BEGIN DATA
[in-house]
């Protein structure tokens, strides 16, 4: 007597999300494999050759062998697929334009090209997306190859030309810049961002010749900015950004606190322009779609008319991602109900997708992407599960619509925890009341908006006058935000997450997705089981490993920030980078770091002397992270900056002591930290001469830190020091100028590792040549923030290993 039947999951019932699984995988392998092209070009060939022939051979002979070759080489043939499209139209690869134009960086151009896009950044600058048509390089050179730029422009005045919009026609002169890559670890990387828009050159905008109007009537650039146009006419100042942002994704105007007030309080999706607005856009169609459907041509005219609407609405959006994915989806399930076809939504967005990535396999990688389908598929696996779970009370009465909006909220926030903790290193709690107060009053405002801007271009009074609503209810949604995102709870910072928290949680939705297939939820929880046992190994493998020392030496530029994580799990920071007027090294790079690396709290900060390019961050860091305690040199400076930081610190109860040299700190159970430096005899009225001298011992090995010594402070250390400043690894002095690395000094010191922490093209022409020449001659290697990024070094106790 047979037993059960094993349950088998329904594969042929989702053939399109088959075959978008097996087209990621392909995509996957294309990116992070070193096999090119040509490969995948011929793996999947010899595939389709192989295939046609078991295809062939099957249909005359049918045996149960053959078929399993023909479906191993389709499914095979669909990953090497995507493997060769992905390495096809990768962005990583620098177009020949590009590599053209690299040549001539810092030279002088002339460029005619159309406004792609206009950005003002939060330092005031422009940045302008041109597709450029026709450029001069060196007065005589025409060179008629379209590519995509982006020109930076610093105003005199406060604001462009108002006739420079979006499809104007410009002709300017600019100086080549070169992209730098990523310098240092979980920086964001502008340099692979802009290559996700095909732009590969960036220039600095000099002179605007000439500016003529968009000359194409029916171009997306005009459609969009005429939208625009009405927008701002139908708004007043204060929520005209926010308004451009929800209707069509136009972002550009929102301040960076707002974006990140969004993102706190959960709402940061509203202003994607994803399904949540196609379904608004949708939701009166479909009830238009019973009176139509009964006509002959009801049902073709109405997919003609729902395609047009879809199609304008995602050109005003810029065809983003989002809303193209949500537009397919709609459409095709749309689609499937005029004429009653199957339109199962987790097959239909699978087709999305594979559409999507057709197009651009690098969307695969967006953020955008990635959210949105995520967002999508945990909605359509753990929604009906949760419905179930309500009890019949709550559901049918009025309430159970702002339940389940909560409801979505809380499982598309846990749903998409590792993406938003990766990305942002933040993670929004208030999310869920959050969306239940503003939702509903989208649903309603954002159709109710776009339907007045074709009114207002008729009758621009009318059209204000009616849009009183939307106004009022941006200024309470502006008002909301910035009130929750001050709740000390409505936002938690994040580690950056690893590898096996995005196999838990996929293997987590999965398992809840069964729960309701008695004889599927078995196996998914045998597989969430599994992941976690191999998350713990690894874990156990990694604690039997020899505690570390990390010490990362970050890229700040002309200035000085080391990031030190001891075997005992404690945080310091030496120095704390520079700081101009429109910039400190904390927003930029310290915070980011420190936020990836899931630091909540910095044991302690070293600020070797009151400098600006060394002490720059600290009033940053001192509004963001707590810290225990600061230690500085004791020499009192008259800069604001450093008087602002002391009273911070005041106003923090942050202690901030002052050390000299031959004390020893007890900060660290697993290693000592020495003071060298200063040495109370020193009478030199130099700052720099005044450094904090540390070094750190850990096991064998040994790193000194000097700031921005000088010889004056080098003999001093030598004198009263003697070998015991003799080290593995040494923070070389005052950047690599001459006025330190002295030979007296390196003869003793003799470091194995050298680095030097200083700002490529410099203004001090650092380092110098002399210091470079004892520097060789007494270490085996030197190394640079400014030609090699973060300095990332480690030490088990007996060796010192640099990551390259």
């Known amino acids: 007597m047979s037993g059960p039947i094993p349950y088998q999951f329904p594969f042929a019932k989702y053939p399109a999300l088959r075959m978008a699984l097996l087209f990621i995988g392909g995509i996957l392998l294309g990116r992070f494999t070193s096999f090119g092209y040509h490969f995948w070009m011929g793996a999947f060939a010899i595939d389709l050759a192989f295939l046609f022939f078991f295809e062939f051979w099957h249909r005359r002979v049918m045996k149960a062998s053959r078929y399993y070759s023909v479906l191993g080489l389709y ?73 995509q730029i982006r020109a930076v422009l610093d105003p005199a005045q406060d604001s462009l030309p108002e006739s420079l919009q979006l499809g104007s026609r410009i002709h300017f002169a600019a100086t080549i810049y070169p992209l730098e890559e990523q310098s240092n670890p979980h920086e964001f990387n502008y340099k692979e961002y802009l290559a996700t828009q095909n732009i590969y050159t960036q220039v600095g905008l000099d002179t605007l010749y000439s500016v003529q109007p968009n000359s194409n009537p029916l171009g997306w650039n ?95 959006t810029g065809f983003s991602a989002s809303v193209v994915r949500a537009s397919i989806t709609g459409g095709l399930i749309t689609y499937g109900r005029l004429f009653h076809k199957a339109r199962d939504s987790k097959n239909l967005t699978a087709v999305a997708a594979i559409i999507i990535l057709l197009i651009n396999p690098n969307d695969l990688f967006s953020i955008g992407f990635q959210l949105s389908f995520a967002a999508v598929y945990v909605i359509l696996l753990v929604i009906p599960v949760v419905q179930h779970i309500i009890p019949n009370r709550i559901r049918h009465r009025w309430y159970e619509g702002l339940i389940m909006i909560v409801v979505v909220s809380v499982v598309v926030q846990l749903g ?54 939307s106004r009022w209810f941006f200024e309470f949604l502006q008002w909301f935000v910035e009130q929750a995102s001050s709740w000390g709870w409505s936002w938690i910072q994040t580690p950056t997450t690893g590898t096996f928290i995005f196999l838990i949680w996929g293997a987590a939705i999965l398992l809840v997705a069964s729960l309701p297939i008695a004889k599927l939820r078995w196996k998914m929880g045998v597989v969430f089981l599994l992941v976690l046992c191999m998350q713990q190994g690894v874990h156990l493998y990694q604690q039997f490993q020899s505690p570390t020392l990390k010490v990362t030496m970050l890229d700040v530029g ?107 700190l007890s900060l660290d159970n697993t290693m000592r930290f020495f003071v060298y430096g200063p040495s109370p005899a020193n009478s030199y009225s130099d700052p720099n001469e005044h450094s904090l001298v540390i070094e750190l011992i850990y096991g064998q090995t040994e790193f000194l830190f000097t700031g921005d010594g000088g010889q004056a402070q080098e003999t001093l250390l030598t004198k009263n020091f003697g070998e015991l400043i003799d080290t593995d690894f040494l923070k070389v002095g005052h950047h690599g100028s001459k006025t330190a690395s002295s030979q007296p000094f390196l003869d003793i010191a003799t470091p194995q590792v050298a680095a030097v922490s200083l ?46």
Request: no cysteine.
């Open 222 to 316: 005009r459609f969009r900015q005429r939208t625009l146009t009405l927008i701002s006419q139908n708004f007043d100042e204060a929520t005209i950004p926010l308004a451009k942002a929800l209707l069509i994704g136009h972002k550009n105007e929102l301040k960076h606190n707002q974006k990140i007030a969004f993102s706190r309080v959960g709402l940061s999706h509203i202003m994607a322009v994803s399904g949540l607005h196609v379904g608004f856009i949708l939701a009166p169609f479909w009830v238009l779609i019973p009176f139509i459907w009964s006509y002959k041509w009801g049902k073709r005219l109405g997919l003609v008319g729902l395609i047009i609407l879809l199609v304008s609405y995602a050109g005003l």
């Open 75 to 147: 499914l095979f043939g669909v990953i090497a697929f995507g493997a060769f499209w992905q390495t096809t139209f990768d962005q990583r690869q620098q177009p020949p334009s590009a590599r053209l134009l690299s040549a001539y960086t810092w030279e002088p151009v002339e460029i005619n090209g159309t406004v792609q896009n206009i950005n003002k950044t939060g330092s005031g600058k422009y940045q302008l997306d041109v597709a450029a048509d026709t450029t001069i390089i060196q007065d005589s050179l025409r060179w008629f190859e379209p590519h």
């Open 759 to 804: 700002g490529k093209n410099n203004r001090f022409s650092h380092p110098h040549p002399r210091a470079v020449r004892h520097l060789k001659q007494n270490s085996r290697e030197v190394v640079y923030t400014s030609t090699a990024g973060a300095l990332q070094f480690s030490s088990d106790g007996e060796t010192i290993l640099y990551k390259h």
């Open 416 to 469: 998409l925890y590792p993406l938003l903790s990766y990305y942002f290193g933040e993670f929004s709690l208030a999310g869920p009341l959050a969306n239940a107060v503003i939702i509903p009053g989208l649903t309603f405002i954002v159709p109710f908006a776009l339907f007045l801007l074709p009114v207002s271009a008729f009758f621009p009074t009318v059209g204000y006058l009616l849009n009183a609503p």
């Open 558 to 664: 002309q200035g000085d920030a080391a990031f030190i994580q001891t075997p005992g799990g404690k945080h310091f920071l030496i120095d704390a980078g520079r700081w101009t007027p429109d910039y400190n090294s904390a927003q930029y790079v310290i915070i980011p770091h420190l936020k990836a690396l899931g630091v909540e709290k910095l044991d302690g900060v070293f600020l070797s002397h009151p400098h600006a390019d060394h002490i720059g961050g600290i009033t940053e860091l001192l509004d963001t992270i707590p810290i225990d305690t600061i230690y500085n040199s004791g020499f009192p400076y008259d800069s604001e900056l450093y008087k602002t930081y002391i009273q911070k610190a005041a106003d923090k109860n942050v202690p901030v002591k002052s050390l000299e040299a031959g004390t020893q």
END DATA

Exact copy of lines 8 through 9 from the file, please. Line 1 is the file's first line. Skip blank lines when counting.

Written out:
């Open 416 to 469: 998409l925890y590792p993406l938003l903790s990766y990305y942002f290193g933040e993670f929004s709690l208030a999310g869920p009341l959050a969306n239940a107060v503003i939702i509903p009053g989208l649903t309603f405002i954002v159709p109710f908006a776009l339907f007045l801007l074709p009114v207002s271009a008729f009758f621009p009074t009318v059209g204000y006058l009616l849009n009183a609503p």
């Open 558 to 664: 002309q200035g000085d920030a080391a990031f030190i994580q001891t075997p005992g799990g404690k945080h310091f920071l030496i120095d704390a980078g520079r700081w101009t007027p429109d910039y400190n090294s904390a927003q930029y790079v310290i915070i980011p770091h420190l936020k990836a690396l899931g630091v909540e709290k910095l044991d302690g900060v070293f600020l070797s002397h009151p400098h600006a390019d060394h002490i720059g961050g600290i009033t940053e860091l001192l509004d963001t992270i707590p810290i225990d305690t600061i230690y500085n040199s004791g020499f009192p400076y008259d800069s604001e900056l450093y008087k602002t930081y002391i009273q911070k610190a005041a106003d923090k109860n942050v202690p901030v002591k002052s050390l000299e040299a031959g004390t020893q």